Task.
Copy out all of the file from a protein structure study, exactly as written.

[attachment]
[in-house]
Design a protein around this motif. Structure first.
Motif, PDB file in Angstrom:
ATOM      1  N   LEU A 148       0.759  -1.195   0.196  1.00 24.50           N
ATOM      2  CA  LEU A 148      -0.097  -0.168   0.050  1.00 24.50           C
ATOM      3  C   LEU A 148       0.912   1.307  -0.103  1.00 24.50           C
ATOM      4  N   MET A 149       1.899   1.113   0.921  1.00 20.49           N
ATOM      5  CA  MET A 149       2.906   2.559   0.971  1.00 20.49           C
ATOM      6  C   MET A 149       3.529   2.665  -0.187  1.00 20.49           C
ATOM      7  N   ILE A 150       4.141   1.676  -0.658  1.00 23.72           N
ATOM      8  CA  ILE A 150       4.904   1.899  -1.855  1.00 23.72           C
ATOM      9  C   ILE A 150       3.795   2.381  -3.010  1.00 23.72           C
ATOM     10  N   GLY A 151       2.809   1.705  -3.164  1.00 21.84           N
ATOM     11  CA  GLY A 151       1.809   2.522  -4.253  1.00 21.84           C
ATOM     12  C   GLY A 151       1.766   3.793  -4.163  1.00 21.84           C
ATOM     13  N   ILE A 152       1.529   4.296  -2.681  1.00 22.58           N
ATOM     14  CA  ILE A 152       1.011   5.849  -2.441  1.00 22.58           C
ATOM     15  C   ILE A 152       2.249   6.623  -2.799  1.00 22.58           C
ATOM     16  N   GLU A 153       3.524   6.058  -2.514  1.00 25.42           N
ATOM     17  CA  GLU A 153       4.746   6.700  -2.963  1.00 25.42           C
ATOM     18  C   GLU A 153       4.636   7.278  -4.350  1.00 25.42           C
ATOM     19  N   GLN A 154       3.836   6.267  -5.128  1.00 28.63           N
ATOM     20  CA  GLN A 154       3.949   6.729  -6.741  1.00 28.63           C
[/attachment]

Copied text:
[in-house]
Design a protein around this motif. Structure first.
Motif, PDB file in Angstrom:
ATOM      1  N   LEU A 148       0.759  -1.195   0.196  1.00 24.50           N
ATOM      2  CA  LEU A 148      -0.097  -0.168   0.050  1.00 24.50           C
ATOM      3  C   LEU A 148       0.912   1.307  -0.103  1.00 24.50           C
ATOM      4  N   MET A 149       1.899   1.113   0.921  1.00 20.49           N
ATOM      5  CA  MET A 149       2.906   2.559   0.971  1.00 20.49           C
ATOM      6  C   MET A 149       3.529   2.665  -0.187  1.00 20.49           C
ATOM      7  N   ILE A 150       4.141   1.676  -0.658  1.00 23.72           N
ATOM      8  CA  ILE A 150       4.904   1.899  -1.855  1.00 23.72           C
ATOM      9  C   ILE A 150       3.795   2.381  -3.010  1.00 23.72           C
ATOM     10  N   GLY A 151       2.809   1.705  -3.164  1.00 21.84           N
ATOM     11  CA  GLY A 151       1.809   2.522  -4.253  1.00 21.84           C
ATOM     12  C   GLY A 151       1.766   3.793  -4.163  1.00 21.84           C
ATOM     13  N   ILE A 152       1.529   4.296  -2.681  1.00 22.58           N
ATOM     14  CA  ILE A 152       1.011   5.849  -2.441  1.00 22.58           C
ATOM     15  C   ILE A 152       2.249   6.623  -2.799  1.00 22.58           C
ATOM     16  N   GLU A 153       3.524   6.058  -2.514  1.00 25.42           N
ATOM     17  CA  GLU A 153       4.746   6.700  -2.963  1.00 25.42           C
ATOM     18  C   GLU A 153       4.636   7.278  -4.350  1.00 25.42           C
ATOM     19  N   GLN A 154       3.836   6.267  -5.128  1.00 28.63           N
ATOM     20  CA  GLN A 154       3.949   6.729  -6.741  1.00 28.63           C